Surprise winner of Samsung plant

Genesee County was a long shot to land the coveted plant. Austin was the favorite, but a nearby city on the outskirts of the metro area, snared the plant in a decision announced Monday.

At the beginning of the year, it looked like Austin, Texas, was the frontrunner to land a $17 billion Samsung microchip plant that Western New York officials were hoping to lure to rural Genesee County. 

In recent months, a new leader emerged – the City of Taylor, just outside Austin – that agreed to a slew of city, county and school district incentives that would reportedly reduce Samsung’s tax burden by 90 percent during the first 10 years of the plant’s operation. 

“I thought this was Austin’s to lose,” said Nate Jensen, a professor at the University of Texas-Austin who studies subsidy programs. 

“I’m more shocked that they are picking a location just outside of Austin as opposed to their existing location in North Austin,” he said. “I didn’t think New York, given the limitations of the site, was a serious contender. But again, I was surprised by Taylor.” 

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The Wall Street Journal first reported Tuesday morning that Samsung officials settled on Taylor after considering another site in Austin, one near Phoenix and the 1,250-acre Science, Technology and Advanced Manufacturing Park, or STAMP, in the Town of Alabama in Genesee County. 

Texas Gov. Greg Abbott made it official during a press conference Tuesday evening in which he said that in addition to local subsidy agreements, the state would provide a $27 million grant for the project. 

Abbott, who was joined during the announcement by top Samsung executives, including the company’s Vice Chairman Kinam Kim, described the project as the “largest foreign direct investment in the state of Texas, ever.” 

Analysts expected Austin to be selected for the project, in part because Samsung already has a plant there. On Tuesday, company officials said Taylor’s proximity to the existing Samsung plant in Austin was one of the reasons the city was chosen.  Kim also cited government support and the “readiness and stability” of the local infrastructure as factors.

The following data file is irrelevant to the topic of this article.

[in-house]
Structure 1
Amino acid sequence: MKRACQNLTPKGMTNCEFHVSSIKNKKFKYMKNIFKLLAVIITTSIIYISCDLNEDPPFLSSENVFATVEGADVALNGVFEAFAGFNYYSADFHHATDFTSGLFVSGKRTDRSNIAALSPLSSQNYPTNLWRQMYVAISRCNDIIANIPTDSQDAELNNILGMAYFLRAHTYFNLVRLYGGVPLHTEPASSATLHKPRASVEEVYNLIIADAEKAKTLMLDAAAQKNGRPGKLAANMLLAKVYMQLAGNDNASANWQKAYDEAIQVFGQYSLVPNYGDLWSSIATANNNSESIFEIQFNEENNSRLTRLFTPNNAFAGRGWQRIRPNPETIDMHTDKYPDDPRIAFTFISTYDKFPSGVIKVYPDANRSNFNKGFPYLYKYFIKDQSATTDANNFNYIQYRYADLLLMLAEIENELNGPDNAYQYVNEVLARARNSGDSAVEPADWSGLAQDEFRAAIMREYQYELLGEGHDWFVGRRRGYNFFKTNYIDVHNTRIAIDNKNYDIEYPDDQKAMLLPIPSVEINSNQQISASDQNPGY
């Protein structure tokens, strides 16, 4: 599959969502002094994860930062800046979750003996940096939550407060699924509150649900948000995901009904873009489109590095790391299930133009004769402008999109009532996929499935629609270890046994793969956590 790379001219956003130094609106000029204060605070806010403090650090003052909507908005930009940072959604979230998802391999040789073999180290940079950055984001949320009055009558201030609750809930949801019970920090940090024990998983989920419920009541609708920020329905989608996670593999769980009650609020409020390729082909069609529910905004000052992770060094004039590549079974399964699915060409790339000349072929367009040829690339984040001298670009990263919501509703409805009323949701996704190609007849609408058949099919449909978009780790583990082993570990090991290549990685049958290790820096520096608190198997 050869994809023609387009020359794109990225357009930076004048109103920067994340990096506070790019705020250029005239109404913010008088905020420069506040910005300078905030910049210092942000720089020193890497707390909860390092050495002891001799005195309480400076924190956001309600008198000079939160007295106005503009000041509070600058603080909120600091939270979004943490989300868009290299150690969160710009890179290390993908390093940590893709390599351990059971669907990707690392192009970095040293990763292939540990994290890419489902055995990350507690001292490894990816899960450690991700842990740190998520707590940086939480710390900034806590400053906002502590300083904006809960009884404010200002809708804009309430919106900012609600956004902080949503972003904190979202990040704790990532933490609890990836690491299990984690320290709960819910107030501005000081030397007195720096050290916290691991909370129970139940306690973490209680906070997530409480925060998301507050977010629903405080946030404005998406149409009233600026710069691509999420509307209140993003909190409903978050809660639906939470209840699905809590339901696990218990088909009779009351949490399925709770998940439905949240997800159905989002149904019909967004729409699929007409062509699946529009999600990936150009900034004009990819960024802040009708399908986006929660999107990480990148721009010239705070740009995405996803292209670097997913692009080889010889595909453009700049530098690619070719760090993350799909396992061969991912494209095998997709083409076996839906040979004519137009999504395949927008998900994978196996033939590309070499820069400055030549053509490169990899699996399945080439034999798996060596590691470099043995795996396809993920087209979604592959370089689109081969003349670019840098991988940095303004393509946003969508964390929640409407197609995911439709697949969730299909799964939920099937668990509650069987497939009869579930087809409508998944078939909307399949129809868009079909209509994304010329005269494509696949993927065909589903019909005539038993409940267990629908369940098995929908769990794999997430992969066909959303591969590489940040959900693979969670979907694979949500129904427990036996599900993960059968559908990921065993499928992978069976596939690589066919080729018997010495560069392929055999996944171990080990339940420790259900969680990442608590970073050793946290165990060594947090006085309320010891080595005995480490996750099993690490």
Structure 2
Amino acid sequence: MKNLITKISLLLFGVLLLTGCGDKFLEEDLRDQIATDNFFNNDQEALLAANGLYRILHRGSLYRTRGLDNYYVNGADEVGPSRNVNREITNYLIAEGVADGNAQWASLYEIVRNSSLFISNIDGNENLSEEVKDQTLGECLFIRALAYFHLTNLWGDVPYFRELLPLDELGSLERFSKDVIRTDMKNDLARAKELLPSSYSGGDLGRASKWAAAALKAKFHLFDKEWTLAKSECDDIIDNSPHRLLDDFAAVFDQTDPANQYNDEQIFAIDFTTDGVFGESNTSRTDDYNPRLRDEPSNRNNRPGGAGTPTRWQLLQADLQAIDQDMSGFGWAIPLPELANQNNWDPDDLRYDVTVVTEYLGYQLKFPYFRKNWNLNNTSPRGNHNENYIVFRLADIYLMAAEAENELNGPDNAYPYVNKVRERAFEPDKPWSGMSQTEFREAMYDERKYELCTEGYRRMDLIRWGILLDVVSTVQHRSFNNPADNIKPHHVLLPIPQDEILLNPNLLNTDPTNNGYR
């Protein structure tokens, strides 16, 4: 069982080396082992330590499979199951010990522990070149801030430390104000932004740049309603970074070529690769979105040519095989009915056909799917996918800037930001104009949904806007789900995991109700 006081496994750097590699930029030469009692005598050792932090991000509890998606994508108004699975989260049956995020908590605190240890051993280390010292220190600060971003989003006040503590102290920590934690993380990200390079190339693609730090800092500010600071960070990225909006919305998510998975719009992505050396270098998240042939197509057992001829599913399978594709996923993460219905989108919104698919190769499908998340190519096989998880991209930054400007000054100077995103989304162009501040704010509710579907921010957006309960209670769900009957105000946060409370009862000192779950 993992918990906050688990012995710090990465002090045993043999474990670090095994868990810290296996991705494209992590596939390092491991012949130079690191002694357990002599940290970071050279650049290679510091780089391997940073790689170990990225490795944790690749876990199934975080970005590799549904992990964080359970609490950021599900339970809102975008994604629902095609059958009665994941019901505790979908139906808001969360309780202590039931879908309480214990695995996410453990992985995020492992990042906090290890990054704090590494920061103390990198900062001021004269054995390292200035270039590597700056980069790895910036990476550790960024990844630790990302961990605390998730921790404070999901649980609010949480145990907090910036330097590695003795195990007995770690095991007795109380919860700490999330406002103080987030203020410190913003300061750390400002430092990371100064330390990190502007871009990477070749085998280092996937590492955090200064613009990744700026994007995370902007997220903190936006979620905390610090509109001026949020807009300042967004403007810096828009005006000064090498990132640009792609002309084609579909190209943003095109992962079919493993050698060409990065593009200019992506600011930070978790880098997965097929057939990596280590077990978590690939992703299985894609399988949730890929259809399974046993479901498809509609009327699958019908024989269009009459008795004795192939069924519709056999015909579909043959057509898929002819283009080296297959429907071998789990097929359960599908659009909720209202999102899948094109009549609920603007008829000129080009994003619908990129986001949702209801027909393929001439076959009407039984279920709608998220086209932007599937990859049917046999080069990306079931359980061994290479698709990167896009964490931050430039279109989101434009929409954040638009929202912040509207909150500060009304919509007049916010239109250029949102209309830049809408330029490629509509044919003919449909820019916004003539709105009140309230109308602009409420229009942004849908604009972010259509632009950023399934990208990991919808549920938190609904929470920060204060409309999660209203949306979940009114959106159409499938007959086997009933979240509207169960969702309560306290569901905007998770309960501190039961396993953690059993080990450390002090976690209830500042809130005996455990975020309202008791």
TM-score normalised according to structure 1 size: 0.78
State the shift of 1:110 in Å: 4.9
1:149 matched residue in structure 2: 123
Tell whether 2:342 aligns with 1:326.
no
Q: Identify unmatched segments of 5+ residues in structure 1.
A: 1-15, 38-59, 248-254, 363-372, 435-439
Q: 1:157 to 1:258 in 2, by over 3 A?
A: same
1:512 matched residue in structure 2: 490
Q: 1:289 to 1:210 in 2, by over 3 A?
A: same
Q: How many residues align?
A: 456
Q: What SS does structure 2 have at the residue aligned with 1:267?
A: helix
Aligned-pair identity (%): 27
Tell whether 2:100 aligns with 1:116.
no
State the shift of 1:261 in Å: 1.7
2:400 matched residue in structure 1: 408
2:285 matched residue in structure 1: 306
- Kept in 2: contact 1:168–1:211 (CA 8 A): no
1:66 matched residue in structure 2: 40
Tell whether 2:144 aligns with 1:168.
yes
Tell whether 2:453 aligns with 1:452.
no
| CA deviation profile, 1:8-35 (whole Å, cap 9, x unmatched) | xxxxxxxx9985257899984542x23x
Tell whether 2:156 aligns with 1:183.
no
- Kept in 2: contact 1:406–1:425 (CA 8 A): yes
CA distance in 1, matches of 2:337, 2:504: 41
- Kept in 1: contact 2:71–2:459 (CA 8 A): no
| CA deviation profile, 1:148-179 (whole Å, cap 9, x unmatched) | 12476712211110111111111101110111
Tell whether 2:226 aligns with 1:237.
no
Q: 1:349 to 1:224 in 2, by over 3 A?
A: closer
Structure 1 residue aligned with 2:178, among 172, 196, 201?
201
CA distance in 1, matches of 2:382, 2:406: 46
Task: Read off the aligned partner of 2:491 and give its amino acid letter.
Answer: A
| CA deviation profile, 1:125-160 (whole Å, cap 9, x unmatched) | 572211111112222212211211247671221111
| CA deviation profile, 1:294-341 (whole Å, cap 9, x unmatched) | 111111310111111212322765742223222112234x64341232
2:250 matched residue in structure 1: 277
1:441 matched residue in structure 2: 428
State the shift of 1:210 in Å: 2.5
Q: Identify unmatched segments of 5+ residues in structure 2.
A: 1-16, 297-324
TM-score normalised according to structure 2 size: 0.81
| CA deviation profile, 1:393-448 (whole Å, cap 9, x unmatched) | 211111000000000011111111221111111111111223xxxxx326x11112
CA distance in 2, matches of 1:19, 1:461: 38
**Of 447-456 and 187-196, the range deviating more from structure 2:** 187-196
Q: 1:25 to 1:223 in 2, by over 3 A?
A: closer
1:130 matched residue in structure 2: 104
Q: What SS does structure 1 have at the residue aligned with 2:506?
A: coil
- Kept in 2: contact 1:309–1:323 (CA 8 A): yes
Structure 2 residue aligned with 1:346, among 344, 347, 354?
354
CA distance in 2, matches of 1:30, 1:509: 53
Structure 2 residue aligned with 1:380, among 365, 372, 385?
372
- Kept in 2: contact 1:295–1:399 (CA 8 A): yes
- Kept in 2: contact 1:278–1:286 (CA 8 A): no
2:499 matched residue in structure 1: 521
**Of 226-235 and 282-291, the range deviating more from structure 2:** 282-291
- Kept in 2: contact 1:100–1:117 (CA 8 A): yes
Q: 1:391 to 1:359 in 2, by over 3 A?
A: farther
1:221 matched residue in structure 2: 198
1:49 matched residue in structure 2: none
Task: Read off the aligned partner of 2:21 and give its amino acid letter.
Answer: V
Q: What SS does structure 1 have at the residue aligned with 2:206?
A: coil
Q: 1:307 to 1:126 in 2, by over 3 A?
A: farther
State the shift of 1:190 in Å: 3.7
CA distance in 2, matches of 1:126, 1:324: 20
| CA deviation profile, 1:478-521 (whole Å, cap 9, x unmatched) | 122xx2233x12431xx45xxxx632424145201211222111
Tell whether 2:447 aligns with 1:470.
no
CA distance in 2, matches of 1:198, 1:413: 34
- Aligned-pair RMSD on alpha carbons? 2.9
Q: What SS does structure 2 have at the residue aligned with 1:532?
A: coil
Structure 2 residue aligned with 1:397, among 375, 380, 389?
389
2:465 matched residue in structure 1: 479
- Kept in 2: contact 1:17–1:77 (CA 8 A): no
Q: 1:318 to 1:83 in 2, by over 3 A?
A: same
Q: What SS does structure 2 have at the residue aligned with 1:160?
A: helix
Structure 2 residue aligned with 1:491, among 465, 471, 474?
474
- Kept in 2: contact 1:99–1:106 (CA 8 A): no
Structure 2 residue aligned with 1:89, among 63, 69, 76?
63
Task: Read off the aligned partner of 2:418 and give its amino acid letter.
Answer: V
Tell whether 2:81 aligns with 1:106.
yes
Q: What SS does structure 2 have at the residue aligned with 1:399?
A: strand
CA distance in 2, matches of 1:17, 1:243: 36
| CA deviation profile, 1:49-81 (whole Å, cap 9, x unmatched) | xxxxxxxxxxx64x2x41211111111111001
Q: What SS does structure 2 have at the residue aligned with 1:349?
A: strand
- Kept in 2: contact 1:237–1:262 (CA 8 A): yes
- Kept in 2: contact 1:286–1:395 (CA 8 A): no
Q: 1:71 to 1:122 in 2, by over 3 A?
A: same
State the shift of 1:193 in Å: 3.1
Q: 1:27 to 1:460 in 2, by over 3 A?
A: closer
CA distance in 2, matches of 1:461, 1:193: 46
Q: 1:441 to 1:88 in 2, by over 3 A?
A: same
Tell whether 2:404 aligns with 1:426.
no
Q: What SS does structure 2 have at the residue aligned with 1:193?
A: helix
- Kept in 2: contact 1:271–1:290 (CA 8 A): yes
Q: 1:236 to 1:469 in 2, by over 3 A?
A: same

According to Jensen, the professor, the incentive deals approved by the Taylor City Council, surrounding Williamson County and the Taylor Independent School District also helped. 

 The Austin American-Statesmen reported last week that the Taylor Independent School District approved an incentive deal that would provide Samsung with $300 million in tax savings. That agreement followed prior approvals for incentive packages by both the City of Taylor and Williamson County that would provide Samsung with another $350 million in tax savings over 10 years. 

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Jensen said the timing of the Taylor deal allows Samsung to take advantage of a controversial incentive program called Chapter 313, which provides reductions in school taxes for businesses that increase based on the level of investment involved. 

While the program was not reauthorized by the state Legislature earlier this year, Jensen said it can still be applied to the Taylor project, allowing the company to save as much as $300 million on that incentive alone. 

“This is a huge incentive through 313, mostly because this is a huge investment,” Jensen said. 

Jensen said it’s too early to tell just how large the incentives will total, but described them as “very generous” and “outside the norm” considering they offer tax breaks for 20 years.

“Most cities offer 10-year incentives and some of them are closer to 50 percent abated,” he said. “This is a huge dollar deal but Samsung also really pushed Taylor to the limit.” 

Samsung will reportedly invest a total of $17 billion, including $6 million in buildings and another $11 billion for equipment, at the Taylor site. The project is expected to create about 10,000 construction jobs and 18,000 full-time positions once the plant is opened. Samsung expects construction to begin next year, with the plant opening in 2024. 

U.S. Sen. Chuck Schumer, D-New York, and officials from the Genesee County Economic Development Center had hoped to lure Samsung’s chip plant to a 1,260-acre industrial site known as the Science and Technology Advanced Manufacturing Park in the Town of Alabama. 

“Senator Schumer believes STAMP remains a leading site for companies looking to locate or expand in New York, as recently evidenced by Plug Power’s decision to build its new green hydrogen fuel production facility there. Sen. Schumer’s primary focus remains working closely with Genesee County and New York State officials to push companies that are actively considering STAMP to locate here,” said Schumer spokeswoman Allison Biasotti. 

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The county’s economic development agency has so far invested more than $26 million in mostly state funds from the Buffalo Billion program to develop the site. For years, the site sat vacant  before finally landing its first industrial tenant – a hydrogen fuel producer called Plug Power. 

Last month, Plug Power broke ground on a $290 million hydrogen fuel production facility at the STAMP. As part of a development agreement with the Genesee County IDA, Plug Power has agreed to build a substation that officials say will help lure additional tenants to the property. 

A spokesperson for the Genesee County Economic Development Center declined comment when asked about the Wall Street Journal report on Samsung’s decision, saying the agency “does not comment on the status or specifics of any company’s due diligence.”